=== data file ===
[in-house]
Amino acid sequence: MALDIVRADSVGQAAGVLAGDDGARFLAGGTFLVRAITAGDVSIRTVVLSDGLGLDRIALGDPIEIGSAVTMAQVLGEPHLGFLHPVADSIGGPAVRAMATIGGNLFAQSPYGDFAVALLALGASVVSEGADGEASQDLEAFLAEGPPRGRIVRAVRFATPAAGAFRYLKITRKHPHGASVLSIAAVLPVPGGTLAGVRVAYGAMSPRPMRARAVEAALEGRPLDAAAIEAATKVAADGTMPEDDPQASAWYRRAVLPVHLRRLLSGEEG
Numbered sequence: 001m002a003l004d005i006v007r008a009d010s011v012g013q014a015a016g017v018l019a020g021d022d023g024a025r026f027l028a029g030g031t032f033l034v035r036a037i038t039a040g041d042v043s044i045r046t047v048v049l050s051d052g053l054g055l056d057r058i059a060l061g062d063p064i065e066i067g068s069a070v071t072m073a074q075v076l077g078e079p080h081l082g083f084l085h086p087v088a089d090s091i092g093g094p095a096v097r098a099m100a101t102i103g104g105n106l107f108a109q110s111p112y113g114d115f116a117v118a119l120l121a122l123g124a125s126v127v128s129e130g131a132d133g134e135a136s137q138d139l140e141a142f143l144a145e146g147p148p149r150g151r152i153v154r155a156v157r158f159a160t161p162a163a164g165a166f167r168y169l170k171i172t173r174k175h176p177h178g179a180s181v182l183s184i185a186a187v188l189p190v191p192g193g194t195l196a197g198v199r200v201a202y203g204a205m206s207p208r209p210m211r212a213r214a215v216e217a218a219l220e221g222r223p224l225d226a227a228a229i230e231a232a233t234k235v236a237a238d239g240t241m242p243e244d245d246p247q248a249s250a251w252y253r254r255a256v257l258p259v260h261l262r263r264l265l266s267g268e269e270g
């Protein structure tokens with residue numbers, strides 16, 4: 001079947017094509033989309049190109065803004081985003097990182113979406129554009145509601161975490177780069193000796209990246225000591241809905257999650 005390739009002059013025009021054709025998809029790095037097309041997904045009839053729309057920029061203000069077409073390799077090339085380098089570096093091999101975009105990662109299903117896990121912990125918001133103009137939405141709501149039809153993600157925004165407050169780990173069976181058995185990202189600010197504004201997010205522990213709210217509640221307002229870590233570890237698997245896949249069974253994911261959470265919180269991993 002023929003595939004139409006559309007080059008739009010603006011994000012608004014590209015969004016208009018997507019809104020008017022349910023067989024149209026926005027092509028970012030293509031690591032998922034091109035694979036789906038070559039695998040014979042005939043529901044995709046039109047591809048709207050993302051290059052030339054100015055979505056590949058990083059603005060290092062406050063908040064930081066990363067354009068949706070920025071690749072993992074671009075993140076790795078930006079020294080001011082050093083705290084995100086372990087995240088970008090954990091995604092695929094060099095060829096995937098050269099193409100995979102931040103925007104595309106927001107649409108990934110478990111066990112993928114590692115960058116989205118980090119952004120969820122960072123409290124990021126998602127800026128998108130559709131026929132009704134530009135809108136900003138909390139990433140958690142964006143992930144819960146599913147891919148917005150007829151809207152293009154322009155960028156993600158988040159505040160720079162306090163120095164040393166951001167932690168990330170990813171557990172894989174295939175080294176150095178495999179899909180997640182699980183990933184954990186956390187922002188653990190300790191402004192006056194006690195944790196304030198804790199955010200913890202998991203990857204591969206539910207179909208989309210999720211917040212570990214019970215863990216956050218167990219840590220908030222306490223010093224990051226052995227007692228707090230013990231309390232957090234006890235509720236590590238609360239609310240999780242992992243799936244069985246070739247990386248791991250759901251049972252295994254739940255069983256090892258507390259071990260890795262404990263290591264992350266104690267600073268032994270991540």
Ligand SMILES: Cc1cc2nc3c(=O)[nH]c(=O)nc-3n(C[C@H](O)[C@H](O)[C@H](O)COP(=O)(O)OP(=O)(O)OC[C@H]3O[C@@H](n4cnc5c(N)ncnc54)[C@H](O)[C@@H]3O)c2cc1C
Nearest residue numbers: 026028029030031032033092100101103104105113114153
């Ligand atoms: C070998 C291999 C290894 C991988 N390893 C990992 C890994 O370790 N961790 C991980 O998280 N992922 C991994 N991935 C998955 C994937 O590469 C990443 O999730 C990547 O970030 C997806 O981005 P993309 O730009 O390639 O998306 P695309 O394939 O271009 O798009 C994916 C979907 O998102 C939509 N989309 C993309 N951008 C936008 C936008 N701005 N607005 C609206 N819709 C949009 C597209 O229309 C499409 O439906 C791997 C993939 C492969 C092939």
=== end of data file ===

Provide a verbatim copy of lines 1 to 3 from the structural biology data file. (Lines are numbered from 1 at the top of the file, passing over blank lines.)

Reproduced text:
[in-house]
Amino acid sequence: MALDIVRADSVGQAAGVLAGDDGARFLAGGTFLVRAITAGDVSIRTVVLSDGLGLDRIALGDPIEIGSAVTMAQVLGEPHLGFLHPVADSIGGPAVRAMATIGGNLFAQSPYGDFAVALLALGASVVSEGADGEASQDLEAFLAEGPPRGRIVRAVRFATPAAGAFRYLKITRKHPHGASVLSIAAVLPVPGGTLAGVRVAYGAMSPRPMRARAVEAALEGRPLDAAAIEAATKVAADGTMPEDDPQASAWYRRAVLPVHLRRLLSGEEG
Numbered sequence: 001m002a003l004d005i006v007r008a009d010s011v012g013q014a015a016g017v018l019a020g021d022d023g024a025r026f027l028a029g030g031t032f033l034v035r036a037i038t039a040g041d042v043s044i045r046t047v048v049l050s051d052g053l054g055l056d057r058i059a060l061g062d063p064i065e066i067g068s069a070v071t072m073a074q075v076l077g078e079p080h081l082g083f084l085h086p087v088a089d090s091i092g093g094p095a096v097r098a099m100a101t102i103g104g105n106l107f108a109q110s111p112y113g114d115f116a117v118a119l120l121a122l123g124a125s126v127v128s129e130g131a132d133g134e135a136s137q138d139l140e141a142f143l144a145e146g147p148p149r150g151r152i153v154r155a156v157r158f159a160t161p162a163a164g165a166f167r168y169l170k171i172t173r174k175h176p177h178g179a180s181v182l183s184i185a186a187v188l189p190v191p192g193g194t195l196a197g198v199r200v201a202y203g204a205m206s207p208r209p210m211r212a213r214a215v216e217a218a219l220e221g222r223p224l225d226a227a228a229i230e231a232a233t234k235v236a237a238d239g240t241m242p243e244d245d246p247q248a249s250a251w252y253r254r255a256v257l258p259v260h261l262r263r264l265l266s267g268e269e270g